I recently led a test-driven development (TDD) workshop for the team that I am currently coaching. We’ve been working together for several Sprints (every Sprint bar none has resulted in valuable functionality that has been put into production). We’ve previously looked at unit tests in detail and I had made a strong recommendation to try to write the tests before the code under test. Over the last couple of Sprints, the quantity and quality of unit tests in the product has increased dramatically.
One of the outcomes of our last retrospective was that the team requested that we revisit the area, this time focusing on TDD. So I scheduled a couple of hours for a workshop.
I kicked the workshop off with a few slides to explain the philosophy behind TDD, explaining that TDD is not just about testing (or even mainly about testing) but has a great deal to do with design and documenting what services the code provides. I found a quote from Bob Martin that I really like:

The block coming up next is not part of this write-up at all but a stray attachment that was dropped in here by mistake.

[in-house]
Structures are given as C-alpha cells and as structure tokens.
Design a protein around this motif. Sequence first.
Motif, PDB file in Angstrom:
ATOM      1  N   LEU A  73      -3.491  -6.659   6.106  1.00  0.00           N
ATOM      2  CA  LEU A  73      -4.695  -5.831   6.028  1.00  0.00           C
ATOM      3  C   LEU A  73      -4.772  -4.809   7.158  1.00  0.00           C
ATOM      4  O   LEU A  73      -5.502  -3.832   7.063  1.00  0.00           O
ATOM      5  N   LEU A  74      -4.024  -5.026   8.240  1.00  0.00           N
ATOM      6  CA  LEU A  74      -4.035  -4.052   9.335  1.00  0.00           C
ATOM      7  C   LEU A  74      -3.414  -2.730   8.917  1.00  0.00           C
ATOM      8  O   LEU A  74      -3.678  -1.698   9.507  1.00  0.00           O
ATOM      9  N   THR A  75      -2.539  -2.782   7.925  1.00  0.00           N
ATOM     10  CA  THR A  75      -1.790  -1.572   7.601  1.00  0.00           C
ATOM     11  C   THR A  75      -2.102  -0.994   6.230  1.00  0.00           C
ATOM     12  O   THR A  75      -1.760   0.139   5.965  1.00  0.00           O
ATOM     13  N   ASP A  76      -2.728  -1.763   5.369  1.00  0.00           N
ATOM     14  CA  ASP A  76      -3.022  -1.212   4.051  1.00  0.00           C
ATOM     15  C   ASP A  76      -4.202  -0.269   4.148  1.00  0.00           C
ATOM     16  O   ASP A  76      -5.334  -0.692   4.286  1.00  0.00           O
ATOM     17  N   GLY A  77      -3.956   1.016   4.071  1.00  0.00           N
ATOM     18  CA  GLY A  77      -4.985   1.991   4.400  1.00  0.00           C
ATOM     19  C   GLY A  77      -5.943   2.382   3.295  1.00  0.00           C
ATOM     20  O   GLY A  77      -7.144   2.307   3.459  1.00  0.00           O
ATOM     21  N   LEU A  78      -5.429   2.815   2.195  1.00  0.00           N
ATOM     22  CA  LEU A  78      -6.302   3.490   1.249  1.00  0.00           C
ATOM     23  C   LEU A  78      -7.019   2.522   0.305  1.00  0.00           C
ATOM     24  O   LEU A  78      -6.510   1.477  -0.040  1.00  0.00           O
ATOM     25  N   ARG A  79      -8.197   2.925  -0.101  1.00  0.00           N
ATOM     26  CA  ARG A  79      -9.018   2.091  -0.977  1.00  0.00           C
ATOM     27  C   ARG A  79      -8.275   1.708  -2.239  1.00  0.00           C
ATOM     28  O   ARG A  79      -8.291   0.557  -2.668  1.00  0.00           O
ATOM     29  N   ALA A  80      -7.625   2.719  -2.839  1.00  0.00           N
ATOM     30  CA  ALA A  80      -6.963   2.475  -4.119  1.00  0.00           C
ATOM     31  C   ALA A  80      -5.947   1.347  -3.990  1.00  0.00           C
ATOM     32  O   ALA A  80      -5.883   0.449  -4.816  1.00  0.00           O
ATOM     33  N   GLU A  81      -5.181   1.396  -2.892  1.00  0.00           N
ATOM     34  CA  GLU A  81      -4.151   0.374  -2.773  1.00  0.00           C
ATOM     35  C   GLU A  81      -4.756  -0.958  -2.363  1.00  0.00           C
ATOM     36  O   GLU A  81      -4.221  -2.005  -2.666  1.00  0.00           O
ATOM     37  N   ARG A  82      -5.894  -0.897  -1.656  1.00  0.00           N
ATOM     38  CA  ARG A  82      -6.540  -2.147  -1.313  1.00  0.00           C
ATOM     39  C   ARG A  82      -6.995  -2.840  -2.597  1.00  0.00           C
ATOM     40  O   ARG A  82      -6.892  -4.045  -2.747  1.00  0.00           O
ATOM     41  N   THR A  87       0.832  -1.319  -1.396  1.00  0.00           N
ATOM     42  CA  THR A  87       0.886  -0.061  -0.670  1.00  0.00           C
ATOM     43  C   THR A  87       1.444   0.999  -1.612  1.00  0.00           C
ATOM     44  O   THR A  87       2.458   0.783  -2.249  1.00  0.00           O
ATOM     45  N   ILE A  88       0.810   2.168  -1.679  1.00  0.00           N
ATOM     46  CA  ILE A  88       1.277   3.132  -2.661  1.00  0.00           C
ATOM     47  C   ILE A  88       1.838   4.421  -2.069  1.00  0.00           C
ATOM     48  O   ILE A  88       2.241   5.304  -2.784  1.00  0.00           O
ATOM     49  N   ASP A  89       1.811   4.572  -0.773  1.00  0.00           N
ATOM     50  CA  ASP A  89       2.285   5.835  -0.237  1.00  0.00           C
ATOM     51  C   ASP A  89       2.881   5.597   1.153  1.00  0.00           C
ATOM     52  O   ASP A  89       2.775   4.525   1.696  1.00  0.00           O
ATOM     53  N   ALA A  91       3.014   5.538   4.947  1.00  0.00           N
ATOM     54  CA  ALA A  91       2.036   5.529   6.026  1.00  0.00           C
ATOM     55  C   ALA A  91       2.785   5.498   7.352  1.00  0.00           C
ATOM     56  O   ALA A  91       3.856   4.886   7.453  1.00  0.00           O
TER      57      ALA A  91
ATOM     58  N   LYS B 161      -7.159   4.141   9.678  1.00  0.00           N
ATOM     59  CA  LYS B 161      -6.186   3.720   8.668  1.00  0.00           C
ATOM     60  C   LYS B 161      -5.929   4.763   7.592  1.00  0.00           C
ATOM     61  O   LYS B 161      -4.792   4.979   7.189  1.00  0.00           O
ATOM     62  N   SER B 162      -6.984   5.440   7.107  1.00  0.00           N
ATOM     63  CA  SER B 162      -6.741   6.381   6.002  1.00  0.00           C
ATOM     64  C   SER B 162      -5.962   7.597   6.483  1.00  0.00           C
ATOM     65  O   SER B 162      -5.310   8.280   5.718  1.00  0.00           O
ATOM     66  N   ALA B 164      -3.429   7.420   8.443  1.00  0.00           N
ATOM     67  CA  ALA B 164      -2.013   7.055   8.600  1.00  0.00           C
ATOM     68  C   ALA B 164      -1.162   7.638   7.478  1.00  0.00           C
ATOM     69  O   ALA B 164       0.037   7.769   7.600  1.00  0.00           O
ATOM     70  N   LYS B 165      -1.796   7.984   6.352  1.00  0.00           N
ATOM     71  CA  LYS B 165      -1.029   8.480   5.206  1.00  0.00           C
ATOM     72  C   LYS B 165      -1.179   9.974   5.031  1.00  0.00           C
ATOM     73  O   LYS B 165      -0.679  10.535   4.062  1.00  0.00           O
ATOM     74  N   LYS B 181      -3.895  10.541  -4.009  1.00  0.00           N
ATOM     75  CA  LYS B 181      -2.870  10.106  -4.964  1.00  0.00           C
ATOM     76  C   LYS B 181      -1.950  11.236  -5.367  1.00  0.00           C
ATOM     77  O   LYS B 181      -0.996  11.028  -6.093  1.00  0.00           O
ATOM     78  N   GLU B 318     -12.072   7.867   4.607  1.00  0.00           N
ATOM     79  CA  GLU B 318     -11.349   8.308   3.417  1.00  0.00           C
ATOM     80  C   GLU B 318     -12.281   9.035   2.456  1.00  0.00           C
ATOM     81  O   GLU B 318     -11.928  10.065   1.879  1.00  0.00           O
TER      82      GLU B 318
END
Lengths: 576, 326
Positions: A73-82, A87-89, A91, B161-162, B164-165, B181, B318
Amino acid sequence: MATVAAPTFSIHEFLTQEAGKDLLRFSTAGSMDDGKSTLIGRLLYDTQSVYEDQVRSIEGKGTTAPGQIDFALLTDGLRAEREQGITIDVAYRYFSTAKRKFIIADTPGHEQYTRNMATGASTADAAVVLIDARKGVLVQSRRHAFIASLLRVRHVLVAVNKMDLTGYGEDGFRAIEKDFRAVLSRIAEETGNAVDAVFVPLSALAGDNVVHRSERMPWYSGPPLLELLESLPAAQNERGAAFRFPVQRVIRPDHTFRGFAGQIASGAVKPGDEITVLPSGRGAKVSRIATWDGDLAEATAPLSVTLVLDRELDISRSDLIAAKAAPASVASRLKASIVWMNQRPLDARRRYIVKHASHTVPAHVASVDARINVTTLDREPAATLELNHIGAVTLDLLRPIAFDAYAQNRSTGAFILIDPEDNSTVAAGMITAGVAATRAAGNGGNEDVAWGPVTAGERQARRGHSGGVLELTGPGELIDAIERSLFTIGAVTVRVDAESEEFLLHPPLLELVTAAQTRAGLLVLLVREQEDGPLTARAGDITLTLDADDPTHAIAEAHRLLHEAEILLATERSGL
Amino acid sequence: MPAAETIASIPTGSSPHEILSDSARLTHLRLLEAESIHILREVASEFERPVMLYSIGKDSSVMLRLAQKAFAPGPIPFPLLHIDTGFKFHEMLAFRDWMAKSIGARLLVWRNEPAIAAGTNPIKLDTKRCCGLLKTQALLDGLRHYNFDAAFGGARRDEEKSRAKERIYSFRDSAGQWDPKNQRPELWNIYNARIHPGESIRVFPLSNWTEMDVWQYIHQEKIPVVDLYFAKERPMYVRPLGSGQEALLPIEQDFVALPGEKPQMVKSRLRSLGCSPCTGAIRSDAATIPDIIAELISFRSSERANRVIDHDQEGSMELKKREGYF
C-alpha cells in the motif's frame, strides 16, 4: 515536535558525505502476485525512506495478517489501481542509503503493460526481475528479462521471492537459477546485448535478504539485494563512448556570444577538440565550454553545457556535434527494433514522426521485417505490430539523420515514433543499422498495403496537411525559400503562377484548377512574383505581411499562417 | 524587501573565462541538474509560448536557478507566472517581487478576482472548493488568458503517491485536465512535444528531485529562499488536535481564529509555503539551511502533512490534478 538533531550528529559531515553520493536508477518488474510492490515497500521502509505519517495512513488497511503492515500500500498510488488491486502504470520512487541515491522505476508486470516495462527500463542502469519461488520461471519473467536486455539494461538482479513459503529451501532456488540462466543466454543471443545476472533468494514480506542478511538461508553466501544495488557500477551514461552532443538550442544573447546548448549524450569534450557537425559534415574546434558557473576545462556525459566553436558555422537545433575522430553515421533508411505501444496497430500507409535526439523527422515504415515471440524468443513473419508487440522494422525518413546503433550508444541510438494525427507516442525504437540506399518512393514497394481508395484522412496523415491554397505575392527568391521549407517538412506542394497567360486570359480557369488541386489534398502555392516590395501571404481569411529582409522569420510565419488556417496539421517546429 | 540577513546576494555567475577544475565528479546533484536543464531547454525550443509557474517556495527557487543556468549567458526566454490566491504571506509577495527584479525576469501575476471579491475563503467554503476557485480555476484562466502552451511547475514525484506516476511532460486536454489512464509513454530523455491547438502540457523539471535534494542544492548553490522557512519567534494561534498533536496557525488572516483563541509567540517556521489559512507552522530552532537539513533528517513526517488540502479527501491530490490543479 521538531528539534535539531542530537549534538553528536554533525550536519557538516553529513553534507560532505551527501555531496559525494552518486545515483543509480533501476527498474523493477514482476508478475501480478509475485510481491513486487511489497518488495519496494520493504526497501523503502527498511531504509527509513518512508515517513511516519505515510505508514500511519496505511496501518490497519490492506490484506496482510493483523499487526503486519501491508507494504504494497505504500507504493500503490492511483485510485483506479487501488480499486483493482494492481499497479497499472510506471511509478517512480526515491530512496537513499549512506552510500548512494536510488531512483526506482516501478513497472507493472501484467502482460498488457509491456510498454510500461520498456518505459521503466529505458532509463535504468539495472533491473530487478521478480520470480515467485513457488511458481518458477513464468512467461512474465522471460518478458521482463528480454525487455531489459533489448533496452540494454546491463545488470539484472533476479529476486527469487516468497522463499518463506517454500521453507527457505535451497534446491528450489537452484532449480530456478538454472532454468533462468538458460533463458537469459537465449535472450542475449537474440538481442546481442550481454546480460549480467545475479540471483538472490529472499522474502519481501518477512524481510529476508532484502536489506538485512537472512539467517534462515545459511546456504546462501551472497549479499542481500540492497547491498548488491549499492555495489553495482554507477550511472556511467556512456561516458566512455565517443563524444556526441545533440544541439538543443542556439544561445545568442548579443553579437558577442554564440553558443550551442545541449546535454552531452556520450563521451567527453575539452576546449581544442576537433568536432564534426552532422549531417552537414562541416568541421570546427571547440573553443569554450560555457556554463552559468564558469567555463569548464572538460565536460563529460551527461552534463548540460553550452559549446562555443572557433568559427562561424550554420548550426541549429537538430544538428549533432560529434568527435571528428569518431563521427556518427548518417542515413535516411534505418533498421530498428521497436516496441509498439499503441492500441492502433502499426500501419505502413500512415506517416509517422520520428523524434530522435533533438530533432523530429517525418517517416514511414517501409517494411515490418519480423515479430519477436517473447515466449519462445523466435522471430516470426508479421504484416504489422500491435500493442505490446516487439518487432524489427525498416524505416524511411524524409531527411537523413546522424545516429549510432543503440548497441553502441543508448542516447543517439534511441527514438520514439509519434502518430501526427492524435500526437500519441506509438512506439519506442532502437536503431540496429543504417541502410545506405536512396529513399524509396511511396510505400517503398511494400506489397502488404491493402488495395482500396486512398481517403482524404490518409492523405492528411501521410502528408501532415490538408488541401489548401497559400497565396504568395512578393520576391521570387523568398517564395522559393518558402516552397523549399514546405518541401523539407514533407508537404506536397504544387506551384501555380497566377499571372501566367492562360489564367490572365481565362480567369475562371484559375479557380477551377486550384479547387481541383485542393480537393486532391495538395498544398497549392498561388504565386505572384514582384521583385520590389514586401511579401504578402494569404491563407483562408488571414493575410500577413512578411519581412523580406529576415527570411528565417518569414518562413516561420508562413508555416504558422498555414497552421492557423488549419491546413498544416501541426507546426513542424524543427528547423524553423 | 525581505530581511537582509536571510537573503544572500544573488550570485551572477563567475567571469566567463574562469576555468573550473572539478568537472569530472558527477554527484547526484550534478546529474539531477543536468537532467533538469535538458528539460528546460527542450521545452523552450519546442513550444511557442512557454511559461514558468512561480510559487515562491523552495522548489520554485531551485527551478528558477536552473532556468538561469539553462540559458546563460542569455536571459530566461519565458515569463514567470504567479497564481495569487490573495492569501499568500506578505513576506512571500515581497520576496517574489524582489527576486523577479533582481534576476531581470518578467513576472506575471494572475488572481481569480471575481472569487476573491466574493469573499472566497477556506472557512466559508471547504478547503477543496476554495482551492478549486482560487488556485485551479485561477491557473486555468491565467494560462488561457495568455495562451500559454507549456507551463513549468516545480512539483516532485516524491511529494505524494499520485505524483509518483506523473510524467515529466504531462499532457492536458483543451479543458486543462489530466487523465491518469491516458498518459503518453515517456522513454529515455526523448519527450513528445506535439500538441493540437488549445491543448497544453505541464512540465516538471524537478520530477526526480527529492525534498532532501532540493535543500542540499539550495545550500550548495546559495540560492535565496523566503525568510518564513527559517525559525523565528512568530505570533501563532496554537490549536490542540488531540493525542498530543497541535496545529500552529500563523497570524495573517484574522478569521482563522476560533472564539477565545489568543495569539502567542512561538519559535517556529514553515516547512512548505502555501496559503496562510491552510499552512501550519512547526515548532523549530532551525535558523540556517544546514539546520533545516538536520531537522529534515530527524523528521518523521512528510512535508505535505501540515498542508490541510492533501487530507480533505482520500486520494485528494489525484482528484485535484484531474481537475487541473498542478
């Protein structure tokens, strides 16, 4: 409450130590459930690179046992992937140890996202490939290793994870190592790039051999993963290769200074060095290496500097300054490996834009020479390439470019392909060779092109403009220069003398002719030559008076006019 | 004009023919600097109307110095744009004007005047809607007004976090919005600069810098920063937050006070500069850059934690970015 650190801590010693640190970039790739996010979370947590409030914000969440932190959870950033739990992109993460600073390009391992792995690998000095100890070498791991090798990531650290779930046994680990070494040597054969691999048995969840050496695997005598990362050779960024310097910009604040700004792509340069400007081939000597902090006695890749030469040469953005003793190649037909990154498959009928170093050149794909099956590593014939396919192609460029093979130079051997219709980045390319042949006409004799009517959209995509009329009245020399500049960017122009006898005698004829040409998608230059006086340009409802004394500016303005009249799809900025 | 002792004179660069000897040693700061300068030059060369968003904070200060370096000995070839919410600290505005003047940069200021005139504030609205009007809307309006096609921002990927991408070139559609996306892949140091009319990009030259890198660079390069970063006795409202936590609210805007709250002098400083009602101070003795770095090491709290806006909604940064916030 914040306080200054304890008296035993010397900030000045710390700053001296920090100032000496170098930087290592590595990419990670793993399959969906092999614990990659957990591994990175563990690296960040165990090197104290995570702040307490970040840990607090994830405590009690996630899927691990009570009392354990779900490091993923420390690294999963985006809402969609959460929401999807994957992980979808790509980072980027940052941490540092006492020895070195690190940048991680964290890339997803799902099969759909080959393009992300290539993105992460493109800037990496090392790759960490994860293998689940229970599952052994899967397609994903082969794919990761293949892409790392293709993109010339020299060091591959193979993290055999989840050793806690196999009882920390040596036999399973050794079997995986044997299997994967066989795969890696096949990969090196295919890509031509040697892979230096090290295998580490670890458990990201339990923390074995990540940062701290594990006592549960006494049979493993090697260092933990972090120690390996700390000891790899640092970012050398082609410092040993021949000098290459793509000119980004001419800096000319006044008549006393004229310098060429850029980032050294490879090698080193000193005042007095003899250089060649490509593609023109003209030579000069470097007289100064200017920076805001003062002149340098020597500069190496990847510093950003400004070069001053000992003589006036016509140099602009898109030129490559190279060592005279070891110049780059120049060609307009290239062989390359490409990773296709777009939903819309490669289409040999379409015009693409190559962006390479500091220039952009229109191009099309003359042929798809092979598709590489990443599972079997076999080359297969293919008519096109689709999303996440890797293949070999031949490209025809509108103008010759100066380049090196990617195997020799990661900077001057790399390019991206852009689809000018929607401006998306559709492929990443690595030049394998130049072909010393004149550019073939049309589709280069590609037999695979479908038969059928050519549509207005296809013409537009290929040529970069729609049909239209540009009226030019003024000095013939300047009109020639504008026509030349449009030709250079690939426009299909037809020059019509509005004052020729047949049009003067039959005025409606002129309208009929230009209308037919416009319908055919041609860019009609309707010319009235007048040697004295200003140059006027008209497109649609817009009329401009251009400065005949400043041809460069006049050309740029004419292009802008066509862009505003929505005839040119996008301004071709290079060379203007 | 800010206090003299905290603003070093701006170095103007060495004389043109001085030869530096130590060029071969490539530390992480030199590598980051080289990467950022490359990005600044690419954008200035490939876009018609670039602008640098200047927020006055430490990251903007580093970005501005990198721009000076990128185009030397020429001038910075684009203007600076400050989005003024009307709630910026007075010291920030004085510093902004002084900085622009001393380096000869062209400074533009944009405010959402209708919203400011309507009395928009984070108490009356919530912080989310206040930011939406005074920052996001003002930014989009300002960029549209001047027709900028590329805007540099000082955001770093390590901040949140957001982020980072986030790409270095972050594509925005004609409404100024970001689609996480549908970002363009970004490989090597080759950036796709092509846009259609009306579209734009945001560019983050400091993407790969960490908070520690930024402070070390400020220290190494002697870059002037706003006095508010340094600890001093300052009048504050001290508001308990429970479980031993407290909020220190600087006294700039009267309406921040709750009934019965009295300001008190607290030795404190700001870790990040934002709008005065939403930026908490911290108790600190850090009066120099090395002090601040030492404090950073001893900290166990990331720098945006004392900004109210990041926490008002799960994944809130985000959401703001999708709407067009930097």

“The act of writing a unit test is more an act of design than of verification. It is also more an act of documentation than of verification. The act of writing a unit test closes a remarkable number of feedback loops, the least of which is the one pertaining to verification of function”.
The introduction led to an extensive discussion about the pros and cons of TDD. In this type of situation, I’m not looking to convince people that a particular technique is valuable (you can’t make people believe in something) but to get them to try it out and then reflect on whether it works for them and the team.
I fired up Eclipse and went through some examples (based on material from Frank Westphal’s excellent book Testgetriebene Entwicklung mit JUnit und FIT).
By the end of the workshop, everyone had agreed to give TDD a try in the current Sprint. As normal, we’ll reflect on our experiences at our end of Sprint retrospective.